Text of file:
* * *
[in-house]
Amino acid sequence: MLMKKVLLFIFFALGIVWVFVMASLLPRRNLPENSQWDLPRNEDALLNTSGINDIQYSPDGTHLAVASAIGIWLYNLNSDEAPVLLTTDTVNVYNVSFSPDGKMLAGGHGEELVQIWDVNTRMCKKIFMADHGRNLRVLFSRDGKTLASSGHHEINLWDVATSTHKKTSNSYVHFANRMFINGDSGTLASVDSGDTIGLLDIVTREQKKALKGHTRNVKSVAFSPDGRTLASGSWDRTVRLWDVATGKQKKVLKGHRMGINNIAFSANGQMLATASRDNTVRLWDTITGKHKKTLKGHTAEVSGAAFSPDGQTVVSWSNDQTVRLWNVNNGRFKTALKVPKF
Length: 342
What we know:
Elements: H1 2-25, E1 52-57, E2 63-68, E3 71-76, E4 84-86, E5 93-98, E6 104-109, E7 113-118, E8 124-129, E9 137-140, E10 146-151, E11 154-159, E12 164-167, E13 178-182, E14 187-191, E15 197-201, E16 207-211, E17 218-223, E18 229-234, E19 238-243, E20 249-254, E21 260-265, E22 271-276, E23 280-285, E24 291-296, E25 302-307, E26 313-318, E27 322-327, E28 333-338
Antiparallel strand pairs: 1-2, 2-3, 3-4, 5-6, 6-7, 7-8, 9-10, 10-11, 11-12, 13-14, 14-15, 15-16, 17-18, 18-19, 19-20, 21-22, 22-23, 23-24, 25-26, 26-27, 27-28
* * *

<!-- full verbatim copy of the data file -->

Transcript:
[in-house]
Amino acid sequence: MLMKKVLLFIFFALGIVWVFVMASLLPRRNLPENSQWDLPRNEDALLNTSGINDIQYSPDGTHLAVASAIGIWLYNLNSDEAPVLLTTDTVNVYNVSFSPDGKMLAGGHGEELVQIWDVNTRMCKKIFMADHGRNLRVLFSRDGKTLASSGHHEINLWDVATSTHKKTSNSYVHFANRMFINGDSGTLASVDSGDTIGLLDIVTREQKKALKGHTRNVKSVAFSPDGRTLASGSWDRTVRLWDVATGKQKKVLKGHRMGINNIAFSANGQMLATASRDNTVRLWDTITGKHKKTLKGHTAEVSGAAFSPDGQTVVSWSNDQTVRLWNVNNGRFKTALKVPKF
Length: 342
What we know:
Elements: H1 2-25, E1 52-57, E2 63-68, E3 71-76, E4 84-86, E5 93-98, E6 104-109, E7 113-118, E8 124-129, E9 137-140, E10 146-151, E11 154-159, E12 164-167, E13 178-182, E14 187-191, E15 197-201, E16 207-211, E17 218-223, E18 229-234, E19 238-243, E20 249-254, E21 260-265, E22 271-276, E23 280-285, E24 291-296, E25 302-307, E26 313-318, E27 322-327, E28 333-338
Antiparallel strand pairs: 1-2, 2-3, 3-4, 5-6, 6-7, 7-8, 9-10, 10-11, 11-12, 13-14, 14-15, 15-16, 17-18, 18-19, 19-20, 21-22, 22-23, 23-24, 25-26, 26-27, 27-28